Philadelphia's mayoral election is nearing, and the biggest challenge facing the next mayor will be the same one that has faced mayors for decades: how to reduce the high level of poverty in the city.
Growing the economy and adding more jobs is only a start. Even with the city's renaissance, large numbers of residents still live in difficult conditions, even if they are working. Instead of talking about jobs in general, the next mayor should tailor economic policy to match the skills of the city's workforce.
More than one-quarter of Philadelphia's population lives in poverty. That is well above the 15 percent national rate. One of the biggest reasons is that the city's workforce is underskilled. Nearly 20 percent of the population who are 25 years or older do not have a high school education. Nationally, that number is 14 percent. On the other side of the education coin, only 24 percent have college degrees, 5 percentage points below the U.S. average.
The low educational attainment of the workforce makes it difficult to attract businesses. Worse, positions that require only a high school education or less tend to pay wages so low that even full-time workers fall into the poverty category.
So, what should be the guiding principles behind economic development to try to move more people out of poverty?
You have to deal with both sides of the jobs market: improve skill levels, which affects the supply of workers, and encourage the creation of certain types of jobs, which is the demand side.
What most politicians like to talk about is bringing "good jobs" to Philadelphia. That sounds great, but what is a "good job" for a worker with limited qualifications? A recent study by Keith Wardrip, of the Federal Reserve Bank of Philadelphia, helps provide some answers. He analyzed occupations to determine which might pay living wages without requiring high levels of education.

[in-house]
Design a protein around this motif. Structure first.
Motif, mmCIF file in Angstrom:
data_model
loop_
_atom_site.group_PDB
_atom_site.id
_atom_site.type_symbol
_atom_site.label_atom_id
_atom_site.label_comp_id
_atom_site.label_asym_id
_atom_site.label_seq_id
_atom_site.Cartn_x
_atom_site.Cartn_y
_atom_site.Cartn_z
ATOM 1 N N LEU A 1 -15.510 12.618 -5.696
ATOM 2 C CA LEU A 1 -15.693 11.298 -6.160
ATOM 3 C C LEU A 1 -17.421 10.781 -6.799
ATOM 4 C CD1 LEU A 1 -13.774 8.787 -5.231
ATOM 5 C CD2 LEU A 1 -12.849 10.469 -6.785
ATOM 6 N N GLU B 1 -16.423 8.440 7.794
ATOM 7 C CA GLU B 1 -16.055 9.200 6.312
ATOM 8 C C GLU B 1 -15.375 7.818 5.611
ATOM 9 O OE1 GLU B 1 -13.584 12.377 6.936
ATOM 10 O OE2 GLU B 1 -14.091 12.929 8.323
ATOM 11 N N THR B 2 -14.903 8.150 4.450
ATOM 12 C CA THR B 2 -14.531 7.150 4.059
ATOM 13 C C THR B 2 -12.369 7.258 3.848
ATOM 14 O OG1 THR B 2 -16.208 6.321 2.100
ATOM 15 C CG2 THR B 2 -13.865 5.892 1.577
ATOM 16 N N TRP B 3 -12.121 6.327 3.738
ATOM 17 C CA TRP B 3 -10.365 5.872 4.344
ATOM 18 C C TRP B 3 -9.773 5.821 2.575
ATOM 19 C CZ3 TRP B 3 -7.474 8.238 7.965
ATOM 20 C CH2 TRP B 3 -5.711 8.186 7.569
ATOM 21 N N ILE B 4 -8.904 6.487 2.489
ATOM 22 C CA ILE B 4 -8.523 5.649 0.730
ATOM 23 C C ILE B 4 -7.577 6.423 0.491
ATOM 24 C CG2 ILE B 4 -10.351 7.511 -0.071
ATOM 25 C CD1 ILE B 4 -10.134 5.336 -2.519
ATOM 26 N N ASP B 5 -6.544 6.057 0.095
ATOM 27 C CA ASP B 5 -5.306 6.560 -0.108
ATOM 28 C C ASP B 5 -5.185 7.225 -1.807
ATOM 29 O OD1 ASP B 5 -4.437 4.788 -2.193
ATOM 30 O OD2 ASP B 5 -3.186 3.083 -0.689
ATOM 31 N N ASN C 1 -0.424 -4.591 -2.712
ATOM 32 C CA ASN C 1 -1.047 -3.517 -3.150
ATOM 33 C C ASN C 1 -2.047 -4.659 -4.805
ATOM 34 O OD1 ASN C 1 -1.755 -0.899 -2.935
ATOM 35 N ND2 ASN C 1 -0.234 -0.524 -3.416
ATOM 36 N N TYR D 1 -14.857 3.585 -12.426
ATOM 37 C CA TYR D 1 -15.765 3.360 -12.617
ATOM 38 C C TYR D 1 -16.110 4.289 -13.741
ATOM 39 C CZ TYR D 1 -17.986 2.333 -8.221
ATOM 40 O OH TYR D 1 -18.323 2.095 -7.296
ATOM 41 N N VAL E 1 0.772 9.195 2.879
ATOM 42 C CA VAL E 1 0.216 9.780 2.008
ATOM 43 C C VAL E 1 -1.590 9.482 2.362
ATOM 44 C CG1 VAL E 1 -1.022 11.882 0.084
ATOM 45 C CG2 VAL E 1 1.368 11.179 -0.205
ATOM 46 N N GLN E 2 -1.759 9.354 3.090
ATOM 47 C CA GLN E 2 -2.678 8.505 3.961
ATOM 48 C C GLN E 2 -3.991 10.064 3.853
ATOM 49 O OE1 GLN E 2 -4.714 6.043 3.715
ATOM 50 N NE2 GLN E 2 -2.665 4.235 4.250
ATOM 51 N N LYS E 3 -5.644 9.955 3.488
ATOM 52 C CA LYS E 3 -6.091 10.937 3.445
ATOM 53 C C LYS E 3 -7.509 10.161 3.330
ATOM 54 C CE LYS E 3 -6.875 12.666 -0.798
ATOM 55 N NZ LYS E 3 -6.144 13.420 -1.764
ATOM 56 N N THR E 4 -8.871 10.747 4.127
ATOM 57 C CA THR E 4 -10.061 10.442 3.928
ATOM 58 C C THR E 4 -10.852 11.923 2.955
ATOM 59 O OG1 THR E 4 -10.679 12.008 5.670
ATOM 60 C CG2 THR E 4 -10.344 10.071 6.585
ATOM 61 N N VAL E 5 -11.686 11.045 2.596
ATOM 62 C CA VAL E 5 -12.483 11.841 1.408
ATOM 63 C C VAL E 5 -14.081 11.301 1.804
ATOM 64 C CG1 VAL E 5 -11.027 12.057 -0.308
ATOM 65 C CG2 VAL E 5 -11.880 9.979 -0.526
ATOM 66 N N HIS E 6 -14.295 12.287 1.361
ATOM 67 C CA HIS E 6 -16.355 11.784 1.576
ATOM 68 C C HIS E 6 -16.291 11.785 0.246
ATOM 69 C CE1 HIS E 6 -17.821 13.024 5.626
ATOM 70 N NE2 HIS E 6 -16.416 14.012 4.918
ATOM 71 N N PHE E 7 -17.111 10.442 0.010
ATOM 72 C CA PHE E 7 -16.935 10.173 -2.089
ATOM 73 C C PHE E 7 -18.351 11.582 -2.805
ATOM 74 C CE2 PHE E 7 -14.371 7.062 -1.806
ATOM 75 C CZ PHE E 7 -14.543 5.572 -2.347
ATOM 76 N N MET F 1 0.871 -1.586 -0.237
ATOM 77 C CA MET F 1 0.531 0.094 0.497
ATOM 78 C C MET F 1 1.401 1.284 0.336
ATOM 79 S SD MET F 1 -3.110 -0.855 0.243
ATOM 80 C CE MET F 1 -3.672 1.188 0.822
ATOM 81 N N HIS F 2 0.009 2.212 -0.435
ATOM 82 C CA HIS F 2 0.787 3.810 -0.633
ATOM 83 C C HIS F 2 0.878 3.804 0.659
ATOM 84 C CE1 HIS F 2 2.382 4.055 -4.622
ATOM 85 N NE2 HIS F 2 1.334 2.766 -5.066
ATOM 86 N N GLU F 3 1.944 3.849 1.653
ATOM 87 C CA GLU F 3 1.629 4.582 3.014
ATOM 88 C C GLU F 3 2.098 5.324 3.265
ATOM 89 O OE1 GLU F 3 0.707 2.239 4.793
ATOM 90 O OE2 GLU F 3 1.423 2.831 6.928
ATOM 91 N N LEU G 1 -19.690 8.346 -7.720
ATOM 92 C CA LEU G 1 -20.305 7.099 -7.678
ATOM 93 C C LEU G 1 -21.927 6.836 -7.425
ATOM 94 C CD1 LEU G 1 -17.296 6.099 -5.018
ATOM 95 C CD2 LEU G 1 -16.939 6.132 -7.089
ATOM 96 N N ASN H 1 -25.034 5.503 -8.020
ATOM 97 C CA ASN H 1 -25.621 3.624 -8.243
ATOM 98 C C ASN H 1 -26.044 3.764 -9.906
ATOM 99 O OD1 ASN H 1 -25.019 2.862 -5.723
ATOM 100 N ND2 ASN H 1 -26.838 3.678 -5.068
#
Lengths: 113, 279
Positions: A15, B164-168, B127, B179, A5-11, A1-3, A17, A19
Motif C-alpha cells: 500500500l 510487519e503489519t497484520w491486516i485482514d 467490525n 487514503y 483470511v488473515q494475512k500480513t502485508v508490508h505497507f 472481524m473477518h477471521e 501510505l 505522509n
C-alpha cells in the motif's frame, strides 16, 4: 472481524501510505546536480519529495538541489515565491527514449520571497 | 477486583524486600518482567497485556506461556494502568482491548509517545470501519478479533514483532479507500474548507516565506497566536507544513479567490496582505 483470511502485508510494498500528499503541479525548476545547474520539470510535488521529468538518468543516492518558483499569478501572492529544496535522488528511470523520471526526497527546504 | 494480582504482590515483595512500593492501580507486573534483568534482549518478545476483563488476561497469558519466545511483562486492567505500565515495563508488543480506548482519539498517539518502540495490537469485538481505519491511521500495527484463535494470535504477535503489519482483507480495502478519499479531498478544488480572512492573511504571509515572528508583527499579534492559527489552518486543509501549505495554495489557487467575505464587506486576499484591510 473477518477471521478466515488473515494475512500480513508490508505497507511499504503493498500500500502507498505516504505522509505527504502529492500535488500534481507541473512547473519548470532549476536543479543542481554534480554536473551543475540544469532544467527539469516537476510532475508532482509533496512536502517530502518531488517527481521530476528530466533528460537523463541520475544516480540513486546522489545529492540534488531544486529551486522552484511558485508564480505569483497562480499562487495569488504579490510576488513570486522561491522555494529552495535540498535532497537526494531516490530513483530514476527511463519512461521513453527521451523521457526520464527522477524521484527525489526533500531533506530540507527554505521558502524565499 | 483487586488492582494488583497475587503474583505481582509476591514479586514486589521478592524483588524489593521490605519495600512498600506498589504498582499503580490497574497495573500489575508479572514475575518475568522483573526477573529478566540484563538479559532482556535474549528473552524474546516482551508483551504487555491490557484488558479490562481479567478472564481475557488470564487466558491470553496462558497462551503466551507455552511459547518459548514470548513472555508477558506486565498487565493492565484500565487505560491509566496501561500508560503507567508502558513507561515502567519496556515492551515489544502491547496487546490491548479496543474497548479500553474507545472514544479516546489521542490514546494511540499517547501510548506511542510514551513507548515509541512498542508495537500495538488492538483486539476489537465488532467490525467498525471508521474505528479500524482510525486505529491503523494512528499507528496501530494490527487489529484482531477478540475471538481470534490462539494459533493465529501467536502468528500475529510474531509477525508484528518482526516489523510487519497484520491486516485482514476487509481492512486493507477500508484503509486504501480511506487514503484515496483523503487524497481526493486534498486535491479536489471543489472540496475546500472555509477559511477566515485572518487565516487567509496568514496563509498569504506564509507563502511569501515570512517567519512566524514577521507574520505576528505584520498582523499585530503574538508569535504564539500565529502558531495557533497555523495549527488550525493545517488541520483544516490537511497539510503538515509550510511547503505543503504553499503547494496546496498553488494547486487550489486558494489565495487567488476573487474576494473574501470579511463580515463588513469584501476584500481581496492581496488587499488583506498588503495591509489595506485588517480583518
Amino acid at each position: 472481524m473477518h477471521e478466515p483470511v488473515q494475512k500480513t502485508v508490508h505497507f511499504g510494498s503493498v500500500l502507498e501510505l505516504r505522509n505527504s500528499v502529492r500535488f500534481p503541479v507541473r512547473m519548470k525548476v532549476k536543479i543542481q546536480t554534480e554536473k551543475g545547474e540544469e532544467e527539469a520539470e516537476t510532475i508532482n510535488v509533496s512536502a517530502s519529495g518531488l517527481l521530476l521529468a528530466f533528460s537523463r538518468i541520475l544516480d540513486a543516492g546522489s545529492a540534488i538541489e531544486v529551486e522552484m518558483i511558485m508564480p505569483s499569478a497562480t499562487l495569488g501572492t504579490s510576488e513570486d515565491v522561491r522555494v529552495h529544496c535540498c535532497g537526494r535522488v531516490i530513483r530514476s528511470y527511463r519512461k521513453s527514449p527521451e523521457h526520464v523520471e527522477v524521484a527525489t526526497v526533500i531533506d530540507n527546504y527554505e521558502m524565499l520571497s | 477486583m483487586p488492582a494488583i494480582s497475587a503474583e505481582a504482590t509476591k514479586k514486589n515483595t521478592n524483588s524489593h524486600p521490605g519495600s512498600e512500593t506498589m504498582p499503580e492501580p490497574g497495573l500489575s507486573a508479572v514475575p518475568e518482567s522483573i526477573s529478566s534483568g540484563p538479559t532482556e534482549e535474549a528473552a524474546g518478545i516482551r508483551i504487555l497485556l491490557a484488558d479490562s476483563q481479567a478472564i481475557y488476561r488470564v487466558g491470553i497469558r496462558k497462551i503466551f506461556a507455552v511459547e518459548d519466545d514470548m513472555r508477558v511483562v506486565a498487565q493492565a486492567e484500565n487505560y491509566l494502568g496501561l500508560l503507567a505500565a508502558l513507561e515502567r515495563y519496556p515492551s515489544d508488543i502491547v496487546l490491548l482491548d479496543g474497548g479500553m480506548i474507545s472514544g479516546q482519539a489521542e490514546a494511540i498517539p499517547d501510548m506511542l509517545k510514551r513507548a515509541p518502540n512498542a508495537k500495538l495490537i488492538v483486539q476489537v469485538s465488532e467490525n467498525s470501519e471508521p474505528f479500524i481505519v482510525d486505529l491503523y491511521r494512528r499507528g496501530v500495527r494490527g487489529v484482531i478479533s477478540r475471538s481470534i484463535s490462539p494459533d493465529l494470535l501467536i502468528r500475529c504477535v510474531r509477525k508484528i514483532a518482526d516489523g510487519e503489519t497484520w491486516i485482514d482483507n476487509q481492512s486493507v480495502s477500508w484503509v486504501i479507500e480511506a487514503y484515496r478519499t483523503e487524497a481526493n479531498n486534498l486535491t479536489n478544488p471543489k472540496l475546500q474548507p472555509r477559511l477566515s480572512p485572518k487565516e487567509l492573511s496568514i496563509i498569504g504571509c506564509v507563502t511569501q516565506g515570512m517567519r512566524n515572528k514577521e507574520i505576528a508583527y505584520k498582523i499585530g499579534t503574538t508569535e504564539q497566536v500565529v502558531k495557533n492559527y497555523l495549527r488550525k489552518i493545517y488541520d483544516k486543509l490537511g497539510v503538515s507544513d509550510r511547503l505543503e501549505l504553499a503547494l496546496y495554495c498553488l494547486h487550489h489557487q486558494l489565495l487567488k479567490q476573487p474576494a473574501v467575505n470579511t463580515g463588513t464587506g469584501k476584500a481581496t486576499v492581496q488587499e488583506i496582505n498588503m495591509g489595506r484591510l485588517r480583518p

Wardrip calls these "opportunity occupations."
The concept of "opportunity occupations" is simple but powerful: Jobs that don't require college degrees but pay well provide the opportunity for workers to escape poverty. Those are the "good jobs" that Philadelphia policymakers need to target.
Step One, then, is to redefine the term "good jobs" to include those that don't require college degrees but pay well. True, there are not a lot of those, but they do exist. Wardrip estimated that the percentage of good-paying positions that qualify as opportunity occupations is less than 30 percent and may be as low as 20 percent. Nevertheless, firms that hire these types of workers, especially certain health-care and legal companies, should be targeted.
Step Two is to work on the supply side. The skill level of the population needs to be improved. The long-term project is to improve the city's school system. But even if we do everything that the research says makes sense, and fund the system at the highest level possible, and even if student performance rises sharply, this is a process that could take a generation. We need also to consider approaches doable in the more immediate term.
Two suggestions that have come to the forefront are centered on skill training rather than general education.
By working with the business community to identify the skills needed for the opportunity occupations, specialized high schools can be created that prepare students to move directly into the workforce. The business community should guarantee offers to students who successfully complete the program. This latter part is critical, as the students, businesses and the educational community must all have a stake in its succeeding.
A second approach is one that I have been supporting for decades: Community colleges should be technical schools, not general-education institutions. They should become advanced specialized occupational-training schools where, once again, the private sector helps design programs and provides jobs when the student successfully completes an associate's degree.
Economic development is a process that can succeed if the plan matches the city's economic realities. Fostering growth so that jobs are created in the so-called occupation opportunity segment of the economy, coupled with education that targets those positions, could help ease Philadelphia's poverty problem.